The brutal winter weather is here and it's starting to show up in electric bills.
December bills are already rolling in, and for many customers they're too much to handle.
Deborah Johnson was stunned when she opened her bill from NES.
"I was anticipating a rise, but never more than double," said Johnson.
Her bill jumped from $130 in November to nearly $300 in December.
"When your electric bill is getting almost as much as your rent or mortgage, how do you survive?" Johnson questioned.
She isn't the only one who thought the increase seemed extreme, as other residents noticed the increase, too.
NES spokesperson Laurie Parker told Nashville's News 2 the biggest factor is colder weather.
"About 40% to 50% of your total bill is due to heating costs, so you can see, depending on where you've got your thermostat set, if the temperature drops outside, it's really going to drive up your bill," said Parker.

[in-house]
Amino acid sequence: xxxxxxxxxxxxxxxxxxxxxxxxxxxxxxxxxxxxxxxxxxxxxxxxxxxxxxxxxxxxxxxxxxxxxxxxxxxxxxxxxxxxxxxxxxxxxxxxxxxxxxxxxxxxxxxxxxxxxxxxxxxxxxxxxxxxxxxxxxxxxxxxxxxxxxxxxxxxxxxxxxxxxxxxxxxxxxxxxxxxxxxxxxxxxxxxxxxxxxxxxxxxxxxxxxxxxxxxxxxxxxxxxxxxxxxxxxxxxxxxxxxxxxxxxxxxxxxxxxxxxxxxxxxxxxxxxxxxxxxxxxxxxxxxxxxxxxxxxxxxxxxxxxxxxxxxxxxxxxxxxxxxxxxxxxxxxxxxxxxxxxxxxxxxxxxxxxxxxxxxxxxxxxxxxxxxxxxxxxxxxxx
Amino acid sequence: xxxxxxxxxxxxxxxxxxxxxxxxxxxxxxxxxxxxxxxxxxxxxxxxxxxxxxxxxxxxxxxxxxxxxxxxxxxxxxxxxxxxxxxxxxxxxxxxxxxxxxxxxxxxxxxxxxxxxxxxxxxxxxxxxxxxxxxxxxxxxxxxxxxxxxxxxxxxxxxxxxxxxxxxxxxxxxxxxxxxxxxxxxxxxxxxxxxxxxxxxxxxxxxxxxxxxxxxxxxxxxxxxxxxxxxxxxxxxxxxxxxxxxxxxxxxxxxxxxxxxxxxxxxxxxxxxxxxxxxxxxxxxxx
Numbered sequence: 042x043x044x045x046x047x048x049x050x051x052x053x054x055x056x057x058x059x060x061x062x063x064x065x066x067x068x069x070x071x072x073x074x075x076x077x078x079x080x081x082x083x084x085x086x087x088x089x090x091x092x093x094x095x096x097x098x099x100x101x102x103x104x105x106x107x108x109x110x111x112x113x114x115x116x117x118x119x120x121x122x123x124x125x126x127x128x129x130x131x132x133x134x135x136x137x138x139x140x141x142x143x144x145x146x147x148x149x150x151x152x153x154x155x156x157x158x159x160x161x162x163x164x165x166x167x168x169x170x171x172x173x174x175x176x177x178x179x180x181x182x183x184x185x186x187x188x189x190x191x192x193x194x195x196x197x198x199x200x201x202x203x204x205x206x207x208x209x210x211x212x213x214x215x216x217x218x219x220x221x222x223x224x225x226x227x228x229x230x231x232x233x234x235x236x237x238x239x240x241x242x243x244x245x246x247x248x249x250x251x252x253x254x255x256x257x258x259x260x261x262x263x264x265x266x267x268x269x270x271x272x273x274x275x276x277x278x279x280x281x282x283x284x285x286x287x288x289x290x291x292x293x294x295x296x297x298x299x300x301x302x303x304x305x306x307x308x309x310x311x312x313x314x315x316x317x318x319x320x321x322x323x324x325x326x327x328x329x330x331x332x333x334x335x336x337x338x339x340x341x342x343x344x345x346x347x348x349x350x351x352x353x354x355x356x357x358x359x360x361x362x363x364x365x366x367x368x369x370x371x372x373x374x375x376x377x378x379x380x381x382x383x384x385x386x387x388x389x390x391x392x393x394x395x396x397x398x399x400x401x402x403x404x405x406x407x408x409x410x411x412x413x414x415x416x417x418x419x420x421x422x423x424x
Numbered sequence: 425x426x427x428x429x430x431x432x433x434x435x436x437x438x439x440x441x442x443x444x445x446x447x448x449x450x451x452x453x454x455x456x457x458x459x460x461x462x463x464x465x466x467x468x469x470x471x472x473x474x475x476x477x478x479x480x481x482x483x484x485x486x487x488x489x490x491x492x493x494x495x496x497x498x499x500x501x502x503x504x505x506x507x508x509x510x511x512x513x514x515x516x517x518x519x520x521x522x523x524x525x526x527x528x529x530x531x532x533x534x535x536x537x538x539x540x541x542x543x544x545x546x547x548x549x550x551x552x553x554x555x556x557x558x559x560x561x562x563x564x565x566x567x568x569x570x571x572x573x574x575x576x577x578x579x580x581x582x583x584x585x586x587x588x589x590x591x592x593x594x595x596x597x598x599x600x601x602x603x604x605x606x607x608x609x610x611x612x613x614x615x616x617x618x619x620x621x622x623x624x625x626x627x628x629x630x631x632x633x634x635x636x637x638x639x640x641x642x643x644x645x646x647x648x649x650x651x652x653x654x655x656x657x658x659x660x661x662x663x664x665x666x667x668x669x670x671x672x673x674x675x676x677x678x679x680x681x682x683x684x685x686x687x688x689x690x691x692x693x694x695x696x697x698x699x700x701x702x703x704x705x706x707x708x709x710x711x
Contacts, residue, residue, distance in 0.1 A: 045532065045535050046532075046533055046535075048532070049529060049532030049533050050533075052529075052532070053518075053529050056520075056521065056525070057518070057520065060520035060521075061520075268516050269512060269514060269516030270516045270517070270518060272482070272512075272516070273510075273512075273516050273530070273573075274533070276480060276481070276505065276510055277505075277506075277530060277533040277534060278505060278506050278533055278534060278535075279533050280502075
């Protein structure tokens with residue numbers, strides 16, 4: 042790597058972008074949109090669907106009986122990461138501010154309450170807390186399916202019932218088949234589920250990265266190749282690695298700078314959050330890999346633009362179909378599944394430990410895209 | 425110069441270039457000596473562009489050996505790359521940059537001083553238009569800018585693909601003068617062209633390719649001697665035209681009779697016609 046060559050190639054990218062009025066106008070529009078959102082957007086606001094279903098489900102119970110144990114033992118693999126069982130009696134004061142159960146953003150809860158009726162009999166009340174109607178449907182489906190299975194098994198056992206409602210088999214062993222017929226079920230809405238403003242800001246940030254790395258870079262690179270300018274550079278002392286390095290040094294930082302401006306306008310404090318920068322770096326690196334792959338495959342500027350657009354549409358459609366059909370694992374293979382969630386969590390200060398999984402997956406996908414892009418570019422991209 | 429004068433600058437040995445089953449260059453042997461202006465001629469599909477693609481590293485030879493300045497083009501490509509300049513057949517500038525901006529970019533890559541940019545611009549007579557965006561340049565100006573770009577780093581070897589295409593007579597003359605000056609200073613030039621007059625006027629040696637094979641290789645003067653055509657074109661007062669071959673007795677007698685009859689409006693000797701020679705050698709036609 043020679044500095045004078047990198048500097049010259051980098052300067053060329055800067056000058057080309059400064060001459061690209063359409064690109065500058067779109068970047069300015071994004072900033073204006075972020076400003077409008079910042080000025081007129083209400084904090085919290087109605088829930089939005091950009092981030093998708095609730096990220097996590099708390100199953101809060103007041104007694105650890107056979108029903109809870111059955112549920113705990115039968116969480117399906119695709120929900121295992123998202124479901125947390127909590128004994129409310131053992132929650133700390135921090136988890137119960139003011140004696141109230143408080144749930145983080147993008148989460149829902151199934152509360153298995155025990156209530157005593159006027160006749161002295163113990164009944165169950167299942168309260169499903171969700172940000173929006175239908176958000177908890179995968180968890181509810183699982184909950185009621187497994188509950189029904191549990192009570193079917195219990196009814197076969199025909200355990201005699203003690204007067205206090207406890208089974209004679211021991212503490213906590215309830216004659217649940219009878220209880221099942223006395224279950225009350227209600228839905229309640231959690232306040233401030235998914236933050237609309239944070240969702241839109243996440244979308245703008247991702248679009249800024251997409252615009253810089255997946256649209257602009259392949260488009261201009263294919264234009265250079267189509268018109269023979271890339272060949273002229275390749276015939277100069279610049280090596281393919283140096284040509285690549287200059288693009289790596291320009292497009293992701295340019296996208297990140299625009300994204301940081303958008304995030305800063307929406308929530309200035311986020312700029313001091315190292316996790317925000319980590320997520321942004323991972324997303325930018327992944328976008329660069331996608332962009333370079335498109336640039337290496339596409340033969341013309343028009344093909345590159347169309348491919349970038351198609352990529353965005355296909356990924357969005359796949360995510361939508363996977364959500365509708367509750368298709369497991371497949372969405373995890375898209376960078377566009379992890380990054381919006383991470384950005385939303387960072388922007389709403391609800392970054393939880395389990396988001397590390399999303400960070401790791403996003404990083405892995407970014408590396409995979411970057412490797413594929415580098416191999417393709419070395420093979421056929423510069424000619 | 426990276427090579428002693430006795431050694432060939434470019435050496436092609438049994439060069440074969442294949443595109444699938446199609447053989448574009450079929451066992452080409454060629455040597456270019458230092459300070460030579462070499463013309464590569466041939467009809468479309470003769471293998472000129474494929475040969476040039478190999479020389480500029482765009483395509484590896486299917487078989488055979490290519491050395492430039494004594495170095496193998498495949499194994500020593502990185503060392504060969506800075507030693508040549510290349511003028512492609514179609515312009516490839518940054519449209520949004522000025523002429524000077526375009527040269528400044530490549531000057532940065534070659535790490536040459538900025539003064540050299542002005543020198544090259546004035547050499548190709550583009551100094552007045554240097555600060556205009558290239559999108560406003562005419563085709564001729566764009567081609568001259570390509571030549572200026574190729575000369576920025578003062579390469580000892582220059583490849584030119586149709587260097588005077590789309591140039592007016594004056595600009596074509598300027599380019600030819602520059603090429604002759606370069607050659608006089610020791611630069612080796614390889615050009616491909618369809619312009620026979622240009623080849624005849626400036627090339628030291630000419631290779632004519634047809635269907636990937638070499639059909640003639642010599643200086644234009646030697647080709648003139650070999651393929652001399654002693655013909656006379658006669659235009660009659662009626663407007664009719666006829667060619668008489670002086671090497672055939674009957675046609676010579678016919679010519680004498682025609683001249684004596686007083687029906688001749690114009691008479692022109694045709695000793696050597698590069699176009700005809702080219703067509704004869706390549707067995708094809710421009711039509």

Also driving up electric bills is TVA's seasonal rate change.
"TVA back in 2011 started a seasonal rate adjustment. The rates are higher in the summer and the winter when it's more expensive for them to purchase power and generate power," Parker noted.
This December was also colder than last December. It's putting the squeeze on customers like Johnson.
She's on a fixed income and cares for her 2-year-old grandchild and her disabled son who doesn't work.
Johnson always keeps her thermostat at 65.
"I don't know what other cuts I could do in our household to conserve energy," said Johnson.
With colder days ahead, Johnson worries how she will pay her next bill.
"I'm very scared about what next month or future month's bills are going to look like," she stated.
If customers know they're going to have trouble paying their bills, NES encourages them to contact them right away to set up a payment arrangement.